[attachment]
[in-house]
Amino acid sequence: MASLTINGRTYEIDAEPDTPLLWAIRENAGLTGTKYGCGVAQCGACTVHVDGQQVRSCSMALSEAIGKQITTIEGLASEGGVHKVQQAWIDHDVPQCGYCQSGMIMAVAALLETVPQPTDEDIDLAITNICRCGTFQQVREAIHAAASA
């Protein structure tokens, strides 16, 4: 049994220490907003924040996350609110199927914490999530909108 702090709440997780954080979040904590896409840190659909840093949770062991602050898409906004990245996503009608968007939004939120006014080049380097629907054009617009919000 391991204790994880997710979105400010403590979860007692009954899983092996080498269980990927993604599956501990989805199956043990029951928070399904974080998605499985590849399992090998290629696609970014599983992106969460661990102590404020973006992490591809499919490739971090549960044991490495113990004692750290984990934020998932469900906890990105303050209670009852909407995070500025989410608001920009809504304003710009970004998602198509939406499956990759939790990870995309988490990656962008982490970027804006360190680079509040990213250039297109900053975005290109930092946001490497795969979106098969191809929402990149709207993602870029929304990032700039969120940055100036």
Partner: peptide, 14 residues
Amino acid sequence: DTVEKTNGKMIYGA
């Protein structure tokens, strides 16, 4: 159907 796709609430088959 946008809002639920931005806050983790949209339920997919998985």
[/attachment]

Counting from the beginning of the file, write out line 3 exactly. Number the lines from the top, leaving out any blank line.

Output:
């Protein structure tokens, strides 16, 4: 049994220490907003924040996350609110199927914490999530909108 702090709440997780954080979040904590896409840190659909840093949770062991602050898409906004990245996503009608968007939004939120006014080049380097629907054009617009919000 391991204790994880997710979105400010403590979860007692009954899983092996080498269980990927993604599956501990989805199956043990029951928070399904974080998605499985590849399992090998290629696609970014599983992106969460661990102590404020973006992490591809499919490739971090549960044991490495113990004692750290984990934020998932469900906890990105303050209670009852909407995070500025989410608001920009809504304003710009970004998602198509939406499956990759939790990870995309988490990656962008982490970027804006360190680079509040990213250039297109900053975005290109930092946001490497795969979106098969191809929402990149709207993602870029929304990032700039969120940055100036």